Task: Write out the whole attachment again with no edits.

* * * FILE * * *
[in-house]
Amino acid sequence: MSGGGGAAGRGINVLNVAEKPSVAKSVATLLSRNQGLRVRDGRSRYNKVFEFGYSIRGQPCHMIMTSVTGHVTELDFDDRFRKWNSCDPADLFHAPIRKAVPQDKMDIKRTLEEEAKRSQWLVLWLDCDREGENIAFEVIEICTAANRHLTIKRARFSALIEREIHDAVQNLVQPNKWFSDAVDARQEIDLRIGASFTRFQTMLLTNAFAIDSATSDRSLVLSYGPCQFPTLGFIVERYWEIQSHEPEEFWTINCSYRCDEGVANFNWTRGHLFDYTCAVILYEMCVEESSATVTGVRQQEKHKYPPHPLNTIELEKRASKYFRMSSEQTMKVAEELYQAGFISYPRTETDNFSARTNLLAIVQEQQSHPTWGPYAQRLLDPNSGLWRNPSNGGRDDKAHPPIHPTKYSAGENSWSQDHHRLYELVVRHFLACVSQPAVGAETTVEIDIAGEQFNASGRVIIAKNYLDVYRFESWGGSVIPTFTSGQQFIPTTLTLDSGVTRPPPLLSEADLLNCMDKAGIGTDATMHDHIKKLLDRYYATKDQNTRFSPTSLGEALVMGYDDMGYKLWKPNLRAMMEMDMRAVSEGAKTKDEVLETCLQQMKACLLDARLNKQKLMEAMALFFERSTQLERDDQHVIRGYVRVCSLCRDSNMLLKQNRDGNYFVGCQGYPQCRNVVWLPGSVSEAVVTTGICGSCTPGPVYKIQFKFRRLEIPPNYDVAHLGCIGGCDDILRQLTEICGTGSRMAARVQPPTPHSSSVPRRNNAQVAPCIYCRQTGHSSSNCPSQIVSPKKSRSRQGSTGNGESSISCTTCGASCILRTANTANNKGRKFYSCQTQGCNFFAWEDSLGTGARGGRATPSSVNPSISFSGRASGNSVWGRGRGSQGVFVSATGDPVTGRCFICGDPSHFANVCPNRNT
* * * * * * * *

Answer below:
[in-house]
Amino acid sequence: MSGGGGAAGRGINVLNVAEKPSVAKSVATLLSRNQGLRVRDGRSRYNKVFEFGYSIRGQPCHMIMTSVTGHVTELDFDDRFRKWNSCDPADLFHAPIRKAVPQDKMDIKRTLEEEAKRSQWLVLWLDCDREGENIAFEVIEICTAANRHLTIKRARFSALIEREIHDAVQNLVQPNKWFSDAVDARQEIDLRIGASFTRFQTMLLTNAFAIDSATSDRSLVLSYGPCQFPTLGFIVERYWEIQSHEPEEFWTINCSYRCDEGVANFNWTRGHLFDYTCAVILYEMCVEESSATVTGVRQQEKHKYPPHPLNTIELEKRASKYFRMSSEQTMKVAEELYQAGFISYPRTETDNFSARTNLLAIVQEQQSHPTWGPYAQRLLDPNSGLWRNPSNGGRDDKAHPPIHPTKYSAGENSWSQDHHRLYELVVRHFLACVSQPAVGAETTVEIDIAGEQFNASGRVIIAKNYLDVYRFESWGGSVIPTFTSGQQFIPTTLTLDSGVTRPPPLLSEADLLNCMDKAGIGTDATMHDHIKKLLDRYYATKDQNTRFSPTSLGEALVMGYDDMGYKLWKPNLRAMMEMDMRAVSEGAKTKDEVLETCLQQMKACLLDARLNKQKLMEAMALFFERSTQLERDDQHVIRGYVRVCSLCRDSNMLLKQNRDGNYFVGCQGYPQCRNVVWLPGSVSEAVVTTGICGSCTPGPVYKIQFKFRRLEIPPNYDVAHLGCIGGCDDILRQLTEICGTGSRMAARVQPPTPHSSSVPRRNNAQVAPCIYCRQTGHSSSNCPSQIVSPKKSRSRQGSTGNGESSISCTTCGASCILRTANTANNKGRKFYSCQTQGCNFFAWEDSLGTGARGGRATPSSVNPSISFSGRASGNSVWGRGRGSQGVFVSATGDPVTGRCFICGDPSHFANVCPNRNT